CNBC Exclusive: CNBC Transcript: Trian Partners CEO Nelson Peltz speaks with CNBC’s Sara Eisen on “Closing Bell” today and apologizes for voting for Trump in November.
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Billionaire investor Nelson Peltz: I’m sorry I voted for Trump in November
SARA EISEN: Billionaire investor Nelson Peltz of Trian Partners who has been a longtime supporter and friend of President Trump out with this statement, “We condemn President Trump's efforts to overturn the election results which culminated in yesterday's shocking events at our Capitol. This President must commit to a peaceful transfer of power. We also implore President-elect Biden and congressional leaders to stop the infighting and work together for the good of our country every single American citizen deserves better governance.” Nelson Peltz joins us now by phone for a “Closing Bell” exclusive. Nelson, thank you for phoning in. Wanted to give you the chance to just expand on your statement with further reaction to those just incredibly shocking, terrible scenes that we saw – violent riots at the Capitol yesterday and the President egging them on.
NELSON PELTZ: First of all, happy New Year Sara.
EISEN: Happy New Year.
PELTZ: It's been quite a year so far. I thought last year was difficult. This was off to a horrible start in what we all saw occur yesterday in DC. I mean, it was so, so sad. It was scary. Whoever said it, it is a stain on America. You know, what we've learned is that we cannot continue to have our elected officials fight with one another. The enemy is outside the room. The enemy is not across the aisle. But what happened yesterday is a disgrace and I as an American, I'm embarrassed. You know, I didn't vote for Trump in ‘16. I voted for him in this past election in November. Today, I'm sorry I did that. I supported many of his policies which I still think we're good ones – trade efforts, economic policies. I think they're good for our country. But so much good was undone yesterday with what we all saw. And my partners and I all felt that we needed to speak out and that's why we issued that statement. You know, America has been to hell and back. It's become so tribal. And I just hope that President-elect Biden will act to bring us together. He's got full control of both houses. He needs to do that. We need to heal from Trump. It was really a devastating blow. And we just can't go on. And you know, Black Lives Matter took a lot of heat from certain sectors. And yesterday with what was going on, I saw at least one demonstrator standing in Congress – I don't know whether it was the Senate or the House – with a Camp Auschwitz t-shirt on.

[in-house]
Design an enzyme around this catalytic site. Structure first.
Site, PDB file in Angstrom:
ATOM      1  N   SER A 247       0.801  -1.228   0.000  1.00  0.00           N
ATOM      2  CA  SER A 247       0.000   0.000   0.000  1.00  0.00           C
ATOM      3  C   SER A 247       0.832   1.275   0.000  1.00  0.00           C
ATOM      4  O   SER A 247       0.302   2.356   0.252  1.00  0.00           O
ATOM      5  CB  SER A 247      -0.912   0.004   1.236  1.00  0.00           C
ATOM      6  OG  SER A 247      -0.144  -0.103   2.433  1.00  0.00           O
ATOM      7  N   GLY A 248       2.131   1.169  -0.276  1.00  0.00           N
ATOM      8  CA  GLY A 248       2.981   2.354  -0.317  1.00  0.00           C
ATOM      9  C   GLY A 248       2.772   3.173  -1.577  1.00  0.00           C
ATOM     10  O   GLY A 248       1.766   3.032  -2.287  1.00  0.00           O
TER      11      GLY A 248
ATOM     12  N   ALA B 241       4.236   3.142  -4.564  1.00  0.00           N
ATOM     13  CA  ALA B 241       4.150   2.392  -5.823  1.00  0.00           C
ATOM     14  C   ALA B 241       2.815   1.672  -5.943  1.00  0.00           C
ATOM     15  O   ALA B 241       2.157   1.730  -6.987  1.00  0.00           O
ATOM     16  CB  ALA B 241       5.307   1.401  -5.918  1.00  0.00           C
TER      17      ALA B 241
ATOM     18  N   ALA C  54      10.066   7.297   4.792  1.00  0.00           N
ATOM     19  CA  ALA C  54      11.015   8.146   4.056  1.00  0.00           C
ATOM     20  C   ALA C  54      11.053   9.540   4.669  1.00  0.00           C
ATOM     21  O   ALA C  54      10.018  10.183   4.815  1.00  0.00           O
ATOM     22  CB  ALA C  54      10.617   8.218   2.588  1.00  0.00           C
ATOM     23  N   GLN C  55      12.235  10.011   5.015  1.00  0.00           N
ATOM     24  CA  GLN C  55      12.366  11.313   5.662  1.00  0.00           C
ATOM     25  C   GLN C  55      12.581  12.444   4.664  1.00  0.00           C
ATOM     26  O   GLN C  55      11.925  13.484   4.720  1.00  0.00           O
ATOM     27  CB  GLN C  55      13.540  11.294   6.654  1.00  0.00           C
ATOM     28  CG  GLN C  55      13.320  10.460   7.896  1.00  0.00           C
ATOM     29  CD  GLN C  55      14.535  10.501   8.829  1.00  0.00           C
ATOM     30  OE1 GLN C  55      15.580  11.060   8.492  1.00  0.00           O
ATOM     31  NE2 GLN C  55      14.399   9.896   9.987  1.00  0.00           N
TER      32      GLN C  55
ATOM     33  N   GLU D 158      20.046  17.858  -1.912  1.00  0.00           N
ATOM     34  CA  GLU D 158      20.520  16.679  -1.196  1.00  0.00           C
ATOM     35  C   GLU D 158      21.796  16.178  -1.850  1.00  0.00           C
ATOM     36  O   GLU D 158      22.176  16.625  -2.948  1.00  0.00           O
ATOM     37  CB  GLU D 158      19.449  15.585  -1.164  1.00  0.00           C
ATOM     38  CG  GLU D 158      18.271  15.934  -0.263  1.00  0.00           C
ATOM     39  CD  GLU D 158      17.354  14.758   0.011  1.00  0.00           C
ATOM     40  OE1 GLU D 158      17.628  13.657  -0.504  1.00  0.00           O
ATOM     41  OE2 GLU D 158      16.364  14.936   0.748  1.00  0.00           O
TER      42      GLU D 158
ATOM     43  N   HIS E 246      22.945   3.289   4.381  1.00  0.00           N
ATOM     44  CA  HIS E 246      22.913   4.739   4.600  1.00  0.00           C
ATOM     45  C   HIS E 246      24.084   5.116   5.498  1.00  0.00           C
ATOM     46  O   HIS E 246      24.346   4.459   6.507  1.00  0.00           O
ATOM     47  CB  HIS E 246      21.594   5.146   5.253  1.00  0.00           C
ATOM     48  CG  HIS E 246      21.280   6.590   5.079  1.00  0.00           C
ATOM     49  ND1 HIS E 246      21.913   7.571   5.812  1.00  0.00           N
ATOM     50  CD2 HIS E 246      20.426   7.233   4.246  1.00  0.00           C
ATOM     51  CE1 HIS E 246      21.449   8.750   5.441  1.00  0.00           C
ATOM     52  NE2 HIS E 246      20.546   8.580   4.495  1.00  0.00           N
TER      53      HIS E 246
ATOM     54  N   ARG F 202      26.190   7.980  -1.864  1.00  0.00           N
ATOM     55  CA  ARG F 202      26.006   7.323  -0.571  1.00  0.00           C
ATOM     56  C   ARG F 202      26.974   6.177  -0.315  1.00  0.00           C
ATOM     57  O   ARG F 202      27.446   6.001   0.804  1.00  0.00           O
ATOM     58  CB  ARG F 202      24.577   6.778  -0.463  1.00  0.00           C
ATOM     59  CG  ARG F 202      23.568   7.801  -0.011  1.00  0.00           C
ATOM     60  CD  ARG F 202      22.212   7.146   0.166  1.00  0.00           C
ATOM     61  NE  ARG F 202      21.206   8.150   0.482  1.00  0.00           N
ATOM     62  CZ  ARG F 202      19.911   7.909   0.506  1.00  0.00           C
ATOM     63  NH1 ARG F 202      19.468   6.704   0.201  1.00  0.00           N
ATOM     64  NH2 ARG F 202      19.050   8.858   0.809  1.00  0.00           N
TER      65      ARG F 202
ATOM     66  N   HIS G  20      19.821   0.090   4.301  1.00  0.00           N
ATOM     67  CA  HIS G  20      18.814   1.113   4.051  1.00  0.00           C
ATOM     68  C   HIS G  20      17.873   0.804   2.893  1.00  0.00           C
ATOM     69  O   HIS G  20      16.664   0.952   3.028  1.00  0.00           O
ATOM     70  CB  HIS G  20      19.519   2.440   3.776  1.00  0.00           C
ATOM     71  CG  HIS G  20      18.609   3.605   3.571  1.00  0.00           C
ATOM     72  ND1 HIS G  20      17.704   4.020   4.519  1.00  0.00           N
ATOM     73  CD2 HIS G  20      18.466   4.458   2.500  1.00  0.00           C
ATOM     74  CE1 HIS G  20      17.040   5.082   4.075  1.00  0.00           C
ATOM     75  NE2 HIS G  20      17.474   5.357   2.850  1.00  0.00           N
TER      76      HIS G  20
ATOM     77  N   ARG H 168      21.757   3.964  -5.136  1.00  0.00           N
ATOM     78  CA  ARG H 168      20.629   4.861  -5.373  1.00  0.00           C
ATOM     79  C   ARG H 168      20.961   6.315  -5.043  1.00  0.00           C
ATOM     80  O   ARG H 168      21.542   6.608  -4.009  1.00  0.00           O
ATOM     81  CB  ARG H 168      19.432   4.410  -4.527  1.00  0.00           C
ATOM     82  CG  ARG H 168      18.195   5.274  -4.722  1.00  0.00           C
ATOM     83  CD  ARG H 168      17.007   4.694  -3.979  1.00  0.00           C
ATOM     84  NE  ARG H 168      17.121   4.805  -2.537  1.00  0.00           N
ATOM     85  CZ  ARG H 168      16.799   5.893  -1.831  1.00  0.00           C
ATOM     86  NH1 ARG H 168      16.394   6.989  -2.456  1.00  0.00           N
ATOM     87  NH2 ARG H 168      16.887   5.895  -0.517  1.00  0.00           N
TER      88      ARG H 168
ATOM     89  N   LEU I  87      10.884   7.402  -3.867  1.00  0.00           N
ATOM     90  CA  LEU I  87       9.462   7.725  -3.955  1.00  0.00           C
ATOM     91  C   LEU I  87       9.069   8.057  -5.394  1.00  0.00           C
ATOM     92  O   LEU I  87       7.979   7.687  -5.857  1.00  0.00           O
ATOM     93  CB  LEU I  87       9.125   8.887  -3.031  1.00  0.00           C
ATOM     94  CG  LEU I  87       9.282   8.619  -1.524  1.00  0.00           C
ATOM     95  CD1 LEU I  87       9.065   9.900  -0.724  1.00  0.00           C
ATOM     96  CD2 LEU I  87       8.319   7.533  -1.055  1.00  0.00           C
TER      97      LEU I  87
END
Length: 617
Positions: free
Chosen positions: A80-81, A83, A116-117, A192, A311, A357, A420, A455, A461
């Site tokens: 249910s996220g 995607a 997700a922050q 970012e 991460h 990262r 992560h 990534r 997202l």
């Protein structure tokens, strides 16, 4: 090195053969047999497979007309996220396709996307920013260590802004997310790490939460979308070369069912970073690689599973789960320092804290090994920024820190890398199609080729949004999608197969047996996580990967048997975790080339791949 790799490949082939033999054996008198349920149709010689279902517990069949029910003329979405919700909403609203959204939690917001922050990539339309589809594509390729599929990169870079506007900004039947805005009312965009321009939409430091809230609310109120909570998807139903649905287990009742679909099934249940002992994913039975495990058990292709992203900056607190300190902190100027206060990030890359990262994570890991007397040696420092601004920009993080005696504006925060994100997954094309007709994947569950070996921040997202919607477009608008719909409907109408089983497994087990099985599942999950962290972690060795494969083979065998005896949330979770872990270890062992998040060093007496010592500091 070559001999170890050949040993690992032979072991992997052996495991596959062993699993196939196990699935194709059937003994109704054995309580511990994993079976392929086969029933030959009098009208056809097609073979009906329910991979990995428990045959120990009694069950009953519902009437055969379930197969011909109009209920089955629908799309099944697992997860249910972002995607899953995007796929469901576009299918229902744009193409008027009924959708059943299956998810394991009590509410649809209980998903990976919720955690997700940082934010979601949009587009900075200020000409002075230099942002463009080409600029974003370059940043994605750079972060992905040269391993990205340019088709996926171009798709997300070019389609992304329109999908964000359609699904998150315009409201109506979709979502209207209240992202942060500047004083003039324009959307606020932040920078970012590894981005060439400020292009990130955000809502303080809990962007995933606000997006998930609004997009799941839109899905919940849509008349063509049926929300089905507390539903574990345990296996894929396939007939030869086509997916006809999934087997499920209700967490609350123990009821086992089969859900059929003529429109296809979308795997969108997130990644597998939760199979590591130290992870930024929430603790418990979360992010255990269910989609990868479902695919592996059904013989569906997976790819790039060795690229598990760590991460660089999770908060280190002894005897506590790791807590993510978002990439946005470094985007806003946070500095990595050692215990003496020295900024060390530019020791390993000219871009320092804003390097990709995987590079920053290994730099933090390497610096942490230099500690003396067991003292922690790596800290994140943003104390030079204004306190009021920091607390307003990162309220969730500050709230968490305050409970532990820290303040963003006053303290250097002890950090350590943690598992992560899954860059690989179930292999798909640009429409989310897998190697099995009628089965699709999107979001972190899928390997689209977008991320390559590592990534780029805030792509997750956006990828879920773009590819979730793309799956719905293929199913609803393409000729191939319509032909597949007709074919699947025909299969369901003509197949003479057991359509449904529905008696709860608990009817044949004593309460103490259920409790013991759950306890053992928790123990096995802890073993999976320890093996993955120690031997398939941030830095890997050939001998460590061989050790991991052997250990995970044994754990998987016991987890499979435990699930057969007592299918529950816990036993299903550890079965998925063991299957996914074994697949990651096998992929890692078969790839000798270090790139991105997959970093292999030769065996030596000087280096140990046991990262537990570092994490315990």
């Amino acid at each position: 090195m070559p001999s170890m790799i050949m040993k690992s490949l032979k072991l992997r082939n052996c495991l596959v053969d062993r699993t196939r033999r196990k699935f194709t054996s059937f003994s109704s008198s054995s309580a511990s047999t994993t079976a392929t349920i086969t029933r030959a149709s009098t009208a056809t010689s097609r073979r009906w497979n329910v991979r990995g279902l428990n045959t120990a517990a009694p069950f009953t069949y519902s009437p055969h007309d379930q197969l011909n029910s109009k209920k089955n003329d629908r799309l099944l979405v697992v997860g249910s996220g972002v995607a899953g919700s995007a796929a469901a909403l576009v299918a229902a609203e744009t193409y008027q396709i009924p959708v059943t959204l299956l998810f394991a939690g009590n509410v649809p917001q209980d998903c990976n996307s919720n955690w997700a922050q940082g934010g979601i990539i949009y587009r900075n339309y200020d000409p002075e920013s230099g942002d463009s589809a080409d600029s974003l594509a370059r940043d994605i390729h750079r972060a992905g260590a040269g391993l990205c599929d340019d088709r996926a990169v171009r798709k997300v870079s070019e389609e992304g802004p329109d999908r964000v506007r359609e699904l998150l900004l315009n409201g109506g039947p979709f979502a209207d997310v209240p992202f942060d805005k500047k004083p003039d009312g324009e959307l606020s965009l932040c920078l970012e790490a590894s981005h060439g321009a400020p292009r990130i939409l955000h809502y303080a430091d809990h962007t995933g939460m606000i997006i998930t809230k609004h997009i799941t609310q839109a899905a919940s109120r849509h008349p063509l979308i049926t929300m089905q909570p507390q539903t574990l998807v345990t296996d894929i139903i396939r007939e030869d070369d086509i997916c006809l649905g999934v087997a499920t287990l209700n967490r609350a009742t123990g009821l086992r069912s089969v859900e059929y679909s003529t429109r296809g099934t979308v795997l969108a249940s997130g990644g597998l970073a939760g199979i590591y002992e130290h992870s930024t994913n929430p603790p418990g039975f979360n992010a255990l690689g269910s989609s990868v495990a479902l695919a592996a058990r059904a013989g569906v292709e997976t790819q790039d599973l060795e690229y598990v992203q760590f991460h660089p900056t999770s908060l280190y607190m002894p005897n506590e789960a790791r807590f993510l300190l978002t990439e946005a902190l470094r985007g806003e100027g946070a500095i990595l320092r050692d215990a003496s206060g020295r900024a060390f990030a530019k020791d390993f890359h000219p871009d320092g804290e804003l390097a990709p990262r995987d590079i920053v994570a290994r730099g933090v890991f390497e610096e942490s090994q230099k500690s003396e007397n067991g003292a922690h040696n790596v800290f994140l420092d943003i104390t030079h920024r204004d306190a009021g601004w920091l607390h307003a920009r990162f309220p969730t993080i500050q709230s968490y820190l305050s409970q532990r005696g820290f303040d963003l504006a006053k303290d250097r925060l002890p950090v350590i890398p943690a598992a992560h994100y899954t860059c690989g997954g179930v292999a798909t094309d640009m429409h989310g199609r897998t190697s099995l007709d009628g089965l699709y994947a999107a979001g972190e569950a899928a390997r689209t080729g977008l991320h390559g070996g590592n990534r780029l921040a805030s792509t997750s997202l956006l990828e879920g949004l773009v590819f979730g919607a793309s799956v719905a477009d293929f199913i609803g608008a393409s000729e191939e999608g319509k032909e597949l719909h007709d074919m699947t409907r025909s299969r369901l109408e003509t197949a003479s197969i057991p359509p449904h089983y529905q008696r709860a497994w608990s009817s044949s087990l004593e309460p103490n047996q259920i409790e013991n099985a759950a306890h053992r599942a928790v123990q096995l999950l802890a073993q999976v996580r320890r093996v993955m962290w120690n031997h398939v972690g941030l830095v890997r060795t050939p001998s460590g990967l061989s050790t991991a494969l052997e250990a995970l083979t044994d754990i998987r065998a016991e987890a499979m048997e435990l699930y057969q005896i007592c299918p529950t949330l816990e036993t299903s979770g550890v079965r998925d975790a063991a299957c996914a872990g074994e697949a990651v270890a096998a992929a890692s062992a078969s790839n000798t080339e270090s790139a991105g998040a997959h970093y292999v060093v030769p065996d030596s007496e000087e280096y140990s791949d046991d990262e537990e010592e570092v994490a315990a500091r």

EISEN: I saw that.
PELTZ: Nobody really got so upset about that. I mean, there's a lot more to be upset about by comparison to how upset they were about Black Lives Matter, I mean, that kind of stuff – just there's no place for it in our world. I mean we're supposed to not be doing this.
EISEN: 100%. You do point the finger squarely at President Trump and you just said that you regret voting for him in the last election. Do you regret the support? Financial? The friendship you've had with him? A lot of people do look at business leaders like yourself and wonder if you've enabled him. He's always had sort of these inclinations and these behaviors, even though, as you say, you've been very supportive of the policies, a lot of them economic.